This model nicely explains why one person can cope with, say, losing their job in a confident and positive way, while another responds by falling into a depressive cycle.  Self-confidence has a lot to do with self-image, influenced by the subconscious messages the child hears during childhood.  Counsellors regularly hear clients reporting their parents telling them as a child: “you’re useless, you’ll never achieve anything”, “I never wanted you in the first place, I should have had an abortion” and many other cruel put-downs.  The environment some children grow up in is truly toxic, causing all manner of wounds to the psyche; this results in a false sense of self, problems with emotional development and the emergence of various survival-oriented character types which can cause problems in adult life.


A good way to get a sense of the damage is to look at the range of implicit messages children subconsciously deduce and take on in these harmful environments.  Stewart (2), a transactional analysis psychotherapist, refers to 12 “scripts” or messages which structure the developing psyche.

Even this list doesn’t really do justice to the messages which result from childhood trauma, particularly sexual abuse; these include: “I’m shameful”, “I’m bad”, “I can’t trust anyone”, “I can’t trust myself”, “I’m defective”.


It’s the identification and correction of these deeply held beliefs that is the stuff of in-depth counselling and psychotherapy. 

Few of us, if any, escape these childhood wounds; what makes us all different, in terms of vulnerabilities and character, is the combination and severity of the wounds, together with the various coping mechanisms they elicit.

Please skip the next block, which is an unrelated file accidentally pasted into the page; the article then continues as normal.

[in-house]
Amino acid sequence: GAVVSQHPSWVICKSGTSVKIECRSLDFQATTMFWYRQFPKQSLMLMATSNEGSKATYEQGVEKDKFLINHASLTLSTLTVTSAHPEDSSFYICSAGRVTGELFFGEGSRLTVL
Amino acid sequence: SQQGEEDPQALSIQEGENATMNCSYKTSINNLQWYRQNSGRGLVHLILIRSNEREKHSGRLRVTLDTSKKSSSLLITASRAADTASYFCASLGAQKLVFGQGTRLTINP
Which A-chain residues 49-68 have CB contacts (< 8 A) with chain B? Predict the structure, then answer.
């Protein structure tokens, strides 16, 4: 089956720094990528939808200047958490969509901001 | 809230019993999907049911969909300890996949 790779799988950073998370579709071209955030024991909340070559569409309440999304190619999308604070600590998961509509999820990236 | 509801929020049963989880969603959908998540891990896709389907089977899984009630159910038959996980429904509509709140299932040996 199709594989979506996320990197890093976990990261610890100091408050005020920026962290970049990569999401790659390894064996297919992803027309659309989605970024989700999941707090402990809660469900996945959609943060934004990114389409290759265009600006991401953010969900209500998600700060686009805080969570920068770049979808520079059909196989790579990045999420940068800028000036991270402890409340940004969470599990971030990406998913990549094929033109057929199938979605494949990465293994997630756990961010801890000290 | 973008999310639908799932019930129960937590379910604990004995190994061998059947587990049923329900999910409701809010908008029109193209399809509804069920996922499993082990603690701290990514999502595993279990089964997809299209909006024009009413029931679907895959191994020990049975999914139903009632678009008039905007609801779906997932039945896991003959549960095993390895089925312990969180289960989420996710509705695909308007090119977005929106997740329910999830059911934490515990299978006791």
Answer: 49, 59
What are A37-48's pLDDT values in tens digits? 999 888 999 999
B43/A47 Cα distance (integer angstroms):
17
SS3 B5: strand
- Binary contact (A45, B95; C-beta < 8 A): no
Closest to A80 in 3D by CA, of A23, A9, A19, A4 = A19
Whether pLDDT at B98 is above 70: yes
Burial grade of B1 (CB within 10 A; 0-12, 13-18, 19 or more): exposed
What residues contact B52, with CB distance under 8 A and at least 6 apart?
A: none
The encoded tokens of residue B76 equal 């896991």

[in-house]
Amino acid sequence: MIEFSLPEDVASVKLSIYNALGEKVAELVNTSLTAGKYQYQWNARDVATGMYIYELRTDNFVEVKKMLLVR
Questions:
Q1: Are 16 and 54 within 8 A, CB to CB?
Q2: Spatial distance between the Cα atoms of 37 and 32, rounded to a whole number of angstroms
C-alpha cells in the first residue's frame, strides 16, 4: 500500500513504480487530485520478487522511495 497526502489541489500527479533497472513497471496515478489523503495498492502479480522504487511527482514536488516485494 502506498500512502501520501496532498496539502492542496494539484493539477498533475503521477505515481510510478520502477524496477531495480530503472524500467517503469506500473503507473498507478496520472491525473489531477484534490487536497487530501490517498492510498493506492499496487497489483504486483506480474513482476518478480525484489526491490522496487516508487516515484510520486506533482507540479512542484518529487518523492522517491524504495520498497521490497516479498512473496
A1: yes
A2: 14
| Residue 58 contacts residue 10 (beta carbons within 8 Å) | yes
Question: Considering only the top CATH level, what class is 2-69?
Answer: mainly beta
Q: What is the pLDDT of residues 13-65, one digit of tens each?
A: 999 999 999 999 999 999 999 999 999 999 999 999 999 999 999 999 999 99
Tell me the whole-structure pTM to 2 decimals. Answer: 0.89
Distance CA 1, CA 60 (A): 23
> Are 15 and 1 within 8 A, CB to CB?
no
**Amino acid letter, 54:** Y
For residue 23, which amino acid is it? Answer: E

Life challenges

So much for the vulnerabilities, what about the life challenges?  Well these are more well-known and include losses, trauma and stress of all kinds.  But let’s take a look at stress as I think this is more complex and perhaps subtle.  At Platform for Life, where we work only among disadvantaged communities, we see at first hand how deprivation brings a toxic mix of environmental stresses.  We also see how poverty drives poor mental health and vice versa, resulting in the potential for a vicious cycle of decline. 

Poverty is of course more than not having a sufficient income for a basic lifestyle, it’s the sense of being alienated from the rest of society, of being less important, of trying to live without the sustaining force of close trusted friends and relatives, reduced public services, access to nature, spiritual refreshment, a quality diet, opportunities for sport and recreation, opportunities to contribute to society; in short all the things that make life happy and fulfilling.  It also means having to cope with a higher level of the bureaucratic stress than that which afflicts all of us from time to time.  For those with PTSD-like symptoms or a history of abuse, the prevalence of crime and antisocial behaviour in deprived areas is a constant source of stress, and one that can often limit people’s exposure to the outside world.


Lack of a supportive environment